I was reading through Scott Aaronson's notes (pdf), but I can't make sense of his discussion about Boltzmann brains on p61. Specifically the fact that it says:
But the problem is worse. Since in an eternal universe, you would have inﬁnitely many Boltzmann-brain doppelgängers, any observer with your memories and experiences seems inﬁnitely more likely to be a Boltzmann brain, than to have arisen via the “normal” processes of Darwinian evolution and so on starting from a Big Bang!
I don't understand what this last statement follows from and it seems very unintuitive.
A Boltzmann-doppelgänger brain arising by chance seems very improbable since that would require the formation of a brain with a full brain state, i.e. essentially all the individual atoms/molecules appearing in the exact (or at least close enough) configuration. In other words, a very high level of organization. Whereas the Big Bang scenario merely assumes a hydrogen/helium cloud and that the basic laws of nature are in place. This seems to be a much simpler object as a starting point and hence much more probable. This starting point, once it has occurred (maybe due to chance) then evolves (through the relatively simple laws of nature) into the state we have now, and gives rise to processes like natural selection etc. which eventually bring about intelligent life and the very high level of organization in the brain. Evolution through natural selection, while fundamentally also depending on stochastic events, seems much more probable since natural selection guides the process, allowing it to "tune in" on the target state, rather than there being a requirement of the target state just emerging in one step as with the Boltzmann-doppelgänger. Another argument is that the human brain, while seemingly a very complex structure, is probably the result (as part of fetus/child development) from a much simpler process, described in the human DNA. Like how a seemingly complex fractal can emerge from a simple equation. Hence, it seems a much easier way of producing a brain by chance is to produce this simpler mechanism by chance "and let it run" until it forms a brain, rather than demanding that a full brain itself appears by chance as in the Boltzmann case.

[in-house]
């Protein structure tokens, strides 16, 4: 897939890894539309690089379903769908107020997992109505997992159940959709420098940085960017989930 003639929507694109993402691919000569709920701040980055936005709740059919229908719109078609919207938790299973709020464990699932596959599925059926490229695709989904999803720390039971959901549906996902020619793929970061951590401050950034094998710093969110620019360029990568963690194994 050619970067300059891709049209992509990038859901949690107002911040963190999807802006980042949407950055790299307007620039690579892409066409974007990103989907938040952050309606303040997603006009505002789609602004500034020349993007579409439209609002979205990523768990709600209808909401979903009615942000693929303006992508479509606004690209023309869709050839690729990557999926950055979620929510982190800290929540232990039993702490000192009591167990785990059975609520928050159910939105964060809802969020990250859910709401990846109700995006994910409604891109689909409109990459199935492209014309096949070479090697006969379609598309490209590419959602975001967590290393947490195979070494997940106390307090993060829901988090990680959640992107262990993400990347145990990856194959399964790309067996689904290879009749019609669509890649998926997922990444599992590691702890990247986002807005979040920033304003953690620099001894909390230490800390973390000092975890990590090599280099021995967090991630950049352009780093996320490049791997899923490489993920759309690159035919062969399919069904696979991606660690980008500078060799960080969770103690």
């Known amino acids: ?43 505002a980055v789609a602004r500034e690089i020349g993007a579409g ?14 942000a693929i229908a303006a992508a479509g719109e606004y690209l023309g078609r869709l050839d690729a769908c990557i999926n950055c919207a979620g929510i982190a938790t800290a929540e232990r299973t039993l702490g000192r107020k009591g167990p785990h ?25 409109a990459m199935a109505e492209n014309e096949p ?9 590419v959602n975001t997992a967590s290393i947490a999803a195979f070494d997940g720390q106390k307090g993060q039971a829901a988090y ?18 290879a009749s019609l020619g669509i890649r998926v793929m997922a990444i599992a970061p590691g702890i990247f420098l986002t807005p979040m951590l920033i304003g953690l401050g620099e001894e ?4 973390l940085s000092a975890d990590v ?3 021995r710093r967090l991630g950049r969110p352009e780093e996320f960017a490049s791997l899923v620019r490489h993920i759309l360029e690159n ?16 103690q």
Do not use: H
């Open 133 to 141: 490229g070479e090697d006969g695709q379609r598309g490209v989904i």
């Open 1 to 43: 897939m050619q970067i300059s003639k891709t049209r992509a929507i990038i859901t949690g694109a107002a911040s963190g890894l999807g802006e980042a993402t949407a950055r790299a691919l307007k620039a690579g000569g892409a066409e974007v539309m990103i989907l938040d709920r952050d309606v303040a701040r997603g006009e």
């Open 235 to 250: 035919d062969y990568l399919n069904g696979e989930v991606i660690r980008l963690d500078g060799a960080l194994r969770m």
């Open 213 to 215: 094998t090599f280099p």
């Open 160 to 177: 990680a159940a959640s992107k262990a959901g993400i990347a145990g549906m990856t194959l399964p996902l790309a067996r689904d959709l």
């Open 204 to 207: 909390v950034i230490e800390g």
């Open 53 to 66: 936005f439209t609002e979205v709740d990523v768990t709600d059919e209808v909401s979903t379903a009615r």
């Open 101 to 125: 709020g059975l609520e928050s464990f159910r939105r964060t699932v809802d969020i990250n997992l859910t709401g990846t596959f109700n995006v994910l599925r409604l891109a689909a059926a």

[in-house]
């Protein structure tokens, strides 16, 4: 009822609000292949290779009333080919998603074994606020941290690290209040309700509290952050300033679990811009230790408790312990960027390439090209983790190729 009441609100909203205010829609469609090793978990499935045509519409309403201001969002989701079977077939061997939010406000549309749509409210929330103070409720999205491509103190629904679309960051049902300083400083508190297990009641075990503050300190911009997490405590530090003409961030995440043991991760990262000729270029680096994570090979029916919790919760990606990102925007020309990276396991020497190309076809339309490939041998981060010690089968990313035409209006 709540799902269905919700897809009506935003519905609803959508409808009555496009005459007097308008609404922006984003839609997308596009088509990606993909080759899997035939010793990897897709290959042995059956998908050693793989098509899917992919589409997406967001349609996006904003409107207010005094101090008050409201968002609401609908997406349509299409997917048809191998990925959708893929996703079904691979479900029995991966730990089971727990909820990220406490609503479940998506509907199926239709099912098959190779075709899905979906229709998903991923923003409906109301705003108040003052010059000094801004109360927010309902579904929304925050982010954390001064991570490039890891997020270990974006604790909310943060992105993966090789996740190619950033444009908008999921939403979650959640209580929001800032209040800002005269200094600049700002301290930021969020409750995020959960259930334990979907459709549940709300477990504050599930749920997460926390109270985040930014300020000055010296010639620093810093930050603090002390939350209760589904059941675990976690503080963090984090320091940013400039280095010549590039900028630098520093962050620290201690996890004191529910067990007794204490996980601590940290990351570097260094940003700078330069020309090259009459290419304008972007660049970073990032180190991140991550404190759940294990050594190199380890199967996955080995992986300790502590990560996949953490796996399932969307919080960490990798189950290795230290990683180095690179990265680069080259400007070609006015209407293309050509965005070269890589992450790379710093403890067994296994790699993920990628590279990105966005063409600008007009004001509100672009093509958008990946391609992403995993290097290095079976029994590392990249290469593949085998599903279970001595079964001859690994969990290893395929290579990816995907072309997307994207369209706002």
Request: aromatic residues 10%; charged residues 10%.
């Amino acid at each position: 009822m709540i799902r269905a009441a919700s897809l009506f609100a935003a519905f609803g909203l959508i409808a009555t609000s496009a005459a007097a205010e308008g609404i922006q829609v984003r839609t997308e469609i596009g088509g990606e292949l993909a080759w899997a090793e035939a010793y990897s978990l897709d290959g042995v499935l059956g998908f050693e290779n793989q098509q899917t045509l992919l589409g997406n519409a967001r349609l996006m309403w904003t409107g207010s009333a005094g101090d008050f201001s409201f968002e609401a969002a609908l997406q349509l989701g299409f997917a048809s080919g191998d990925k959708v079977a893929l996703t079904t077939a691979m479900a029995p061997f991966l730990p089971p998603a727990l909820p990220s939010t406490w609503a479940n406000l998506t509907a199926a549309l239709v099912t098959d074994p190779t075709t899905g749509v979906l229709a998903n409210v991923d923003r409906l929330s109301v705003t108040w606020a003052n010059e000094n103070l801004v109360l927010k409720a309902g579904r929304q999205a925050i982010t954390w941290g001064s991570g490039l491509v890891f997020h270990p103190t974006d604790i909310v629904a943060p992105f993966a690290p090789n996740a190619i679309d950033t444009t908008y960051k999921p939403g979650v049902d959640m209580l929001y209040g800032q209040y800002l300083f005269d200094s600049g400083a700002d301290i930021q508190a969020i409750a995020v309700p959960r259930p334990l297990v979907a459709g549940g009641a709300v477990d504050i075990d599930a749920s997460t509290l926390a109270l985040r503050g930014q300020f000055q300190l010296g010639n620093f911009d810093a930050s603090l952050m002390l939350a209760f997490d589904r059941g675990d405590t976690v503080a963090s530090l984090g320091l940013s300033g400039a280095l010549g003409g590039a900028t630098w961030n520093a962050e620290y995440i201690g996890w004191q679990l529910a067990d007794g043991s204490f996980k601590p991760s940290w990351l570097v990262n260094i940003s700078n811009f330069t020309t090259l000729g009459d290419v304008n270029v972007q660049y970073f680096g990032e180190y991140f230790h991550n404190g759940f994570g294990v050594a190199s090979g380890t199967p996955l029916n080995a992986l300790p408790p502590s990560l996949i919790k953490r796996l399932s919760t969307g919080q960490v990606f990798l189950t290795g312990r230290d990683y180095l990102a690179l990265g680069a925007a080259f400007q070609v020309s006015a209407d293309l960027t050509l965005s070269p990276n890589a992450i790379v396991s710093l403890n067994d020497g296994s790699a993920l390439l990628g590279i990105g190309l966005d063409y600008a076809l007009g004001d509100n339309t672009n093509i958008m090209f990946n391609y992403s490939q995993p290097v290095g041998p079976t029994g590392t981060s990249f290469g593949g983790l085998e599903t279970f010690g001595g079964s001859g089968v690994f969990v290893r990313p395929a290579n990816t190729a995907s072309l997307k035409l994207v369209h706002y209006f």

But given Scott Aaronson is very smart there must be something about this I'm missing. Because I'm reading the statement as saying that the Boltzmann-doppelgänger are more probable than the big bang, but to me it seems the converse is true.